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Pregnant Women Seeking Asylum Detained, Women Miscarried in ICE Facilities

An article by The Nation (October 12, 2017) investigates the stories of asylum seekers detained while pregnant by Immigration and Customs Enforcement (ICE). The Nation reports that women have been denied medical care, leading to health complications including miscarriages.

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In September, the American Civil Liberties Union (ACLU) and Women’s Refugee Commission filed a complaint that ICE has detained pregnant women against its own policy. In August 2016, the acting director of the agency Thomas Homan issued a memorandum stating that “pregnant women will generally not be detained” except under “extraordinary circumstances or the requirement of mandatory detention.” Despite this policy, the complaint filed by the ACLU and Women’s Refugee Commission cites 292 pregnant women were detained in the first four months of 2017, a notable 35 percent increase from the same period last year.

The article details the case of Jennye Pagoada López, who states she was denied medical care during detention and suffered a miscarriage after six days. The Department of Homeland Security has yet to respond to the complaint filed on behalf Pagoada and nine other women, six of whom were detained in privately run detention facilities in Texas.

The filed complaint includes the testimonies of five women who were detained at the South Texas Family Residential Center (STFRC) in Dilley, Texas, a family detention center operated by CoreCivic (formerly known as the Corrections Corporation of America or CCA), and one woman detained at Joe Corley Detention Facility in Conroe, Texas operated by GEO Group.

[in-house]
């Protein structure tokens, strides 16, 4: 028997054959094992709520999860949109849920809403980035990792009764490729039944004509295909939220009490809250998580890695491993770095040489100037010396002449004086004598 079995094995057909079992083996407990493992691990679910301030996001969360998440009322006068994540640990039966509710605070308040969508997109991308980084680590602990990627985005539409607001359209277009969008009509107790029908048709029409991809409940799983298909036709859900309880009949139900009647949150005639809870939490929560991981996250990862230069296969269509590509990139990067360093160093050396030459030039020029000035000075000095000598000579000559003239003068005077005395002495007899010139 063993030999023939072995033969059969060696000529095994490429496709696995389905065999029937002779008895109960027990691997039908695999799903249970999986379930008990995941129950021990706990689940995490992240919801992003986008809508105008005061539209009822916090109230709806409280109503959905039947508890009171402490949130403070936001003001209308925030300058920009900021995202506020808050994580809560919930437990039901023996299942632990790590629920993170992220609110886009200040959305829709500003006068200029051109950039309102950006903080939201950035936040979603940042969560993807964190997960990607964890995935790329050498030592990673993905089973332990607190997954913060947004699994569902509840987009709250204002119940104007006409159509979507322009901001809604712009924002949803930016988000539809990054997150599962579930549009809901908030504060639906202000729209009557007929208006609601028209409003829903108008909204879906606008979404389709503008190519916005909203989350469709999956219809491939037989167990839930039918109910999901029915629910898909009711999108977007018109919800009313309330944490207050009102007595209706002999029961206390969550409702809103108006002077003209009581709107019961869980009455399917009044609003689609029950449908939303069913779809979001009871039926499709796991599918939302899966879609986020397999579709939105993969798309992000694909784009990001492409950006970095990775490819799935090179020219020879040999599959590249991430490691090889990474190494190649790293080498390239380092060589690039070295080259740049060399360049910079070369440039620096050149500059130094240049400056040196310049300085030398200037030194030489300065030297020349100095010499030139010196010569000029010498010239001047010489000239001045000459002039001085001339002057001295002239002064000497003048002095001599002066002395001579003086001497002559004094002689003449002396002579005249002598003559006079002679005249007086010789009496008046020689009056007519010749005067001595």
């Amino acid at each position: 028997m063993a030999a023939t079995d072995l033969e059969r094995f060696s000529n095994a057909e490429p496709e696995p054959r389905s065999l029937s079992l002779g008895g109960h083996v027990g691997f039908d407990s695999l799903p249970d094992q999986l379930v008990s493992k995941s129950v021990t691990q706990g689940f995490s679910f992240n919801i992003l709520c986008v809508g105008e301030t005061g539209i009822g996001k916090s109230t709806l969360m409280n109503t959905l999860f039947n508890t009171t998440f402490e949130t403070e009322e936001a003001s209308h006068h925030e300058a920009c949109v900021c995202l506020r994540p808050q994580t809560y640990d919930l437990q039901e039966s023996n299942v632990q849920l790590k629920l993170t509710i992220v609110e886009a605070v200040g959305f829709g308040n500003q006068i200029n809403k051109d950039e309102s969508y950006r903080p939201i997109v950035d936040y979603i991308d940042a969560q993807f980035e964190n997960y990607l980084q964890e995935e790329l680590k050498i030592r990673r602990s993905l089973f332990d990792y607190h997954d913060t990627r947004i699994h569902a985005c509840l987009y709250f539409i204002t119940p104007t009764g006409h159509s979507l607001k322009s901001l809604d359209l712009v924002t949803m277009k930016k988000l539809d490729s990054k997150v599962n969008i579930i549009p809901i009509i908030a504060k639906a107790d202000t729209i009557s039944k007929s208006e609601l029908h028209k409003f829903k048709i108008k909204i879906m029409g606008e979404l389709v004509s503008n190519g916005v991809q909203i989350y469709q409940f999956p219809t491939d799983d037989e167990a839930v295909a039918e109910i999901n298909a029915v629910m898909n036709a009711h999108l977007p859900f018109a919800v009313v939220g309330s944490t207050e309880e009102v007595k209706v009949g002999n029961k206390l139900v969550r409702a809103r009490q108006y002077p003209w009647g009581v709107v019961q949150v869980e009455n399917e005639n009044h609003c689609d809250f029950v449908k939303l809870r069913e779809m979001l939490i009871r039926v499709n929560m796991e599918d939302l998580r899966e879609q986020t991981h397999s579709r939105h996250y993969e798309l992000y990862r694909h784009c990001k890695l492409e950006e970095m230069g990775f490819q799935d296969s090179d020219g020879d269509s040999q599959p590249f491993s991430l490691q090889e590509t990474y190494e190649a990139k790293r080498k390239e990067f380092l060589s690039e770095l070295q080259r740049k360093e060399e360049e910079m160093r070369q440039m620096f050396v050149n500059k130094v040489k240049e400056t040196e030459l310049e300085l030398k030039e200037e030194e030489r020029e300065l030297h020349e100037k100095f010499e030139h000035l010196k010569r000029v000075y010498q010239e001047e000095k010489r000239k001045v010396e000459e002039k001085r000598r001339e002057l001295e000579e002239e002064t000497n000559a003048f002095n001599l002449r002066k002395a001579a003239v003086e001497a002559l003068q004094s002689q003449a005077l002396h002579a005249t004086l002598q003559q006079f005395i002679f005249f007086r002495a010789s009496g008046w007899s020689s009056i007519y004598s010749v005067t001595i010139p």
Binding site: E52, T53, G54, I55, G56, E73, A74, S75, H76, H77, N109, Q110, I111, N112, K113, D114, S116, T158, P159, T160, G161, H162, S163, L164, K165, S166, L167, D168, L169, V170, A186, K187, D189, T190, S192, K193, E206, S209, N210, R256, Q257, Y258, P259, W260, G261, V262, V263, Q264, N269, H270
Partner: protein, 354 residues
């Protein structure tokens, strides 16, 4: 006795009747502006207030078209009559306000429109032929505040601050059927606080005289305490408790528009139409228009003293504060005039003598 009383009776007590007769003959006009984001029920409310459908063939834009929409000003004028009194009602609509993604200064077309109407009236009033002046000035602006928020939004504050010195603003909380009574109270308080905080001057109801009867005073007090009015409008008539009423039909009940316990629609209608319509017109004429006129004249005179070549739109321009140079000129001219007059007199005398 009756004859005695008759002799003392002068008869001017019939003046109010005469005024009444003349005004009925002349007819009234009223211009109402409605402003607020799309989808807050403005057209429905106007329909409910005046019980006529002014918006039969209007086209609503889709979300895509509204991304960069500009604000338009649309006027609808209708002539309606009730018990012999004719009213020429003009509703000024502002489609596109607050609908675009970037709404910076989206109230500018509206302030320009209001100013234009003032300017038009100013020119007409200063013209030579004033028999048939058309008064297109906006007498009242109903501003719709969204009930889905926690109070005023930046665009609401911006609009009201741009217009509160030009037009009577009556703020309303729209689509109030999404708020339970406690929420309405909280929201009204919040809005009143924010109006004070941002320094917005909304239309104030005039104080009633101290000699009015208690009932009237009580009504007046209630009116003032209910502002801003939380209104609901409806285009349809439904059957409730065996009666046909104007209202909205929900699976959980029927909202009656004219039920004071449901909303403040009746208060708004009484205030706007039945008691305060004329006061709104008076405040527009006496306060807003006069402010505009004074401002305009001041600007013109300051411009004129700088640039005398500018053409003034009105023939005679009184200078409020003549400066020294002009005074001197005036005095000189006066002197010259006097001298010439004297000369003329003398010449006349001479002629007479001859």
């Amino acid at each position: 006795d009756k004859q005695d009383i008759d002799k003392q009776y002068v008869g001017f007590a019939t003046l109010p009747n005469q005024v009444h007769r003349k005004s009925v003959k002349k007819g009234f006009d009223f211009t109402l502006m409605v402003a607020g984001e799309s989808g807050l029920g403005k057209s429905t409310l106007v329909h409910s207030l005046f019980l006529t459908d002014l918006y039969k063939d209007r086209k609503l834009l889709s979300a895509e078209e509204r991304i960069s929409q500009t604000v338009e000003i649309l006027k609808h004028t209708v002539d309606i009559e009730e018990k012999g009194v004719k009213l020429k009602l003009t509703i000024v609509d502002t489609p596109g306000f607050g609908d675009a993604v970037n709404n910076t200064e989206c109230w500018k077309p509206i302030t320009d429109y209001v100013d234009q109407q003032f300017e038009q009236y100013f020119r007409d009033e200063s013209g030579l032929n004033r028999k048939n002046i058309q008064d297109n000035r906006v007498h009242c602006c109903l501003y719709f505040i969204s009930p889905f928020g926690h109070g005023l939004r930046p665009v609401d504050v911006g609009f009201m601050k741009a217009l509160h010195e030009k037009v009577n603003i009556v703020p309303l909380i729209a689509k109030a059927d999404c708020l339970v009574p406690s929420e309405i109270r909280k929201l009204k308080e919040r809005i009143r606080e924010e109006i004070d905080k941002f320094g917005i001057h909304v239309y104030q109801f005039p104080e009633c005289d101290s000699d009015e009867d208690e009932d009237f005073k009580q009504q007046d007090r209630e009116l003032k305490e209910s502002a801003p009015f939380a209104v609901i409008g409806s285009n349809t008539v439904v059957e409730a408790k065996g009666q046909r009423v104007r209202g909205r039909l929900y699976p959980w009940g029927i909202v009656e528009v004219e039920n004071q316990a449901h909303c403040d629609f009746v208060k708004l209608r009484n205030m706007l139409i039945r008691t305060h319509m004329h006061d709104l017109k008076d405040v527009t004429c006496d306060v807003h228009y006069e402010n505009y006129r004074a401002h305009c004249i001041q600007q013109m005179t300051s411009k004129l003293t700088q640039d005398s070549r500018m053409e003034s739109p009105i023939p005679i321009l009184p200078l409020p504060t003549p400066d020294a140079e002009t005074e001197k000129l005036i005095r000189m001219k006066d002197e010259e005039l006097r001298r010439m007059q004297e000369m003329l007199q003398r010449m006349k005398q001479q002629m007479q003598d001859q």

Ana, a 28-year-old woman from Honduras, wrote when she was in STFRC:

It is very difficult for me to be detained here with my son while I am pregnant. It is hard for me to get around because I am not feeling well and my son is too heavy for me to carry. I feel that I need to be living where my family can assist me. I am very concerned about the health of my baby because there are a lot of people here and many viruses, including the flu and diarrhea. Being detained and preparing for a credible fear [interview] has also been very stressful for me, which I feel is dangerous for my baby. In order to prepare for my credible fear interview with a CARA [the pro bono legal service organization at STRFC] legal assistant, I have had to discuss my history of sexual abuse and domestic violence in detail.

Katy Murdza of the CARA Pro Bono Project has worked at the Dilley family detention center for four months. According to her interview with The Nation, until recently most pregnant women were released from the border to live with family or friends before appearing before an immigration judge at a later date. The article details numerous stresses that pregnant women in detention face, as women are “fleeing torture, abuse, or rape (and in some cases learn in detention that their rape resulted in pregnancy); some are trying to care for their children who are also struggling with detention and recent trauma; some have miscarried in the past because of stress or depression, and now fear a repeat due to their current circumstances; and there is little rest, since detainees are sharing rooms with so many people, many of whom are sick.”

The Nation reports that according to an ICE spokesperson, the August 2016 memorandum remains current policy, meaning that pregnant women will not be detained barring “extraordinary circumstances.” Given changes in enforcement priorities under the Trump Administration, however, advocates see that pregnant women remain unprotected according to current practice.

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